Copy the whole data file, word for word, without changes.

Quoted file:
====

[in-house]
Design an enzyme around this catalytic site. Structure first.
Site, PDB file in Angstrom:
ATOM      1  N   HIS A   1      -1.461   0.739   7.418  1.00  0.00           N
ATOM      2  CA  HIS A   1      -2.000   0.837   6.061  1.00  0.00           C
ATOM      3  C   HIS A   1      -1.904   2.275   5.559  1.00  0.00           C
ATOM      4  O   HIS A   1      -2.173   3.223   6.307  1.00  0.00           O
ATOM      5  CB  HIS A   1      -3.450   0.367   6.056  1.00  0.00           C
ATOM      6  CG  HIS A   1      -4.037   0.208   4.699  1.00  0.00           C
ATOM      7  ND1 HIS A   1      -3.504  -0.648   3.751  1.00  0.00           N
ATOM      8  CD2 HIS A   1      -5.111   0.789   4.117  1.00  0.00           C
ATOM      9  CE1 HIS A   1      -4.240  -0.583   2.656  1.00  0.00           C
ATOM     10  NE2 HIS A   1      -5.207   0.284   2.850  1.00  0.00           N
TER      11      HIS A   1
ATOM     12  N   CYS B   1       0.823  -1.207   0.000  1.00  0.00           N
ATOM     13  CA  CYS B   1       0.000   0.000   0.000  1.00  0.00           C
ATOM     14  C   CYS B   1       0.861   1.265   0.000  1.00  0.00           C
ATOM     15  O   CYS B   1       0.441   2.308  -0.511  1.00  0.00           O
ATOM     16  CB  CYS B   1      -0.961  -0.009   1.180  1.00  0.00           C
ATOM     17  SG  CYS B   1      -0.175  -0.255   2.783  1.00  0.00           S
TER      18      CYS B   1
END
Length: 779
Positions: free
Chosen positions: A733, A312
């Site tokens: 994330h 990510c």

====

[in-house]
Design an enzyme around this catalytic site. Structure first.
Site, PDB file in Angstrom:
ATOM      1  N   HIS A   1      -1.461   0.739   7.418  1.00  0.00           N
ATOM      2  CA  HIS A   1      -2.000   0.837   6.061  1.00  0.00           C
ATOM      3  C   HIS A   1      -1.904   2.275   5.559  1.00  0.00           C
ATOM      4  O   HIS A   1      -2.173   3.223   6.307  1.00  0.00           O
ATOM      5  CB  HIS A   1      -3.450   0.367   6.056  1.00  0.00           C
ATOM      6  CG  HIS A   1      -4.037   0.208   4.699  1.00  0.00           C
ATOM      7  ND1 HIS A   1      -3.504  -0.648   3.751  1.00  0.00           N
ATOM      8  CD2 HIS A   1      -5.111   0.789   4.117  1.00  0.00           C
ATOM      9  CE1 HIS A   1      -4.240  -0.583   2.656  1.00  0.00           C
ATOM     10  NE2 HIS A   1      -5.207   0.284   2.850  1.00  0.00           N
TER      11      HIS A   1
ATOM     12  N   CYS B   1       0.823  -1.207   0.000  1.00  0.00           N
ATOM     13  CA  CYS B   1       0.000   0.000   0.000  1.00  0.00           C
ATOM     14  C   CYS B   1       0.861   1.265   0.000  1.00  0.00           C
ATOM     15  O   CYS B   1       0.441   2.308  -0.511  1.00  0.00           O
ATOM     16  CB  CYS B   1      -0.961  -0.009   1.180  1.00  0.00           C
ATOM     17  SG  CYS B   1      -0.175  -0.255   2.783  1.00  0.00           S
TER      18      CYS B   1
END
Length: 779
Positions: free
Chosen positions: A733, A312
């Site tokens: 994330h 990510c």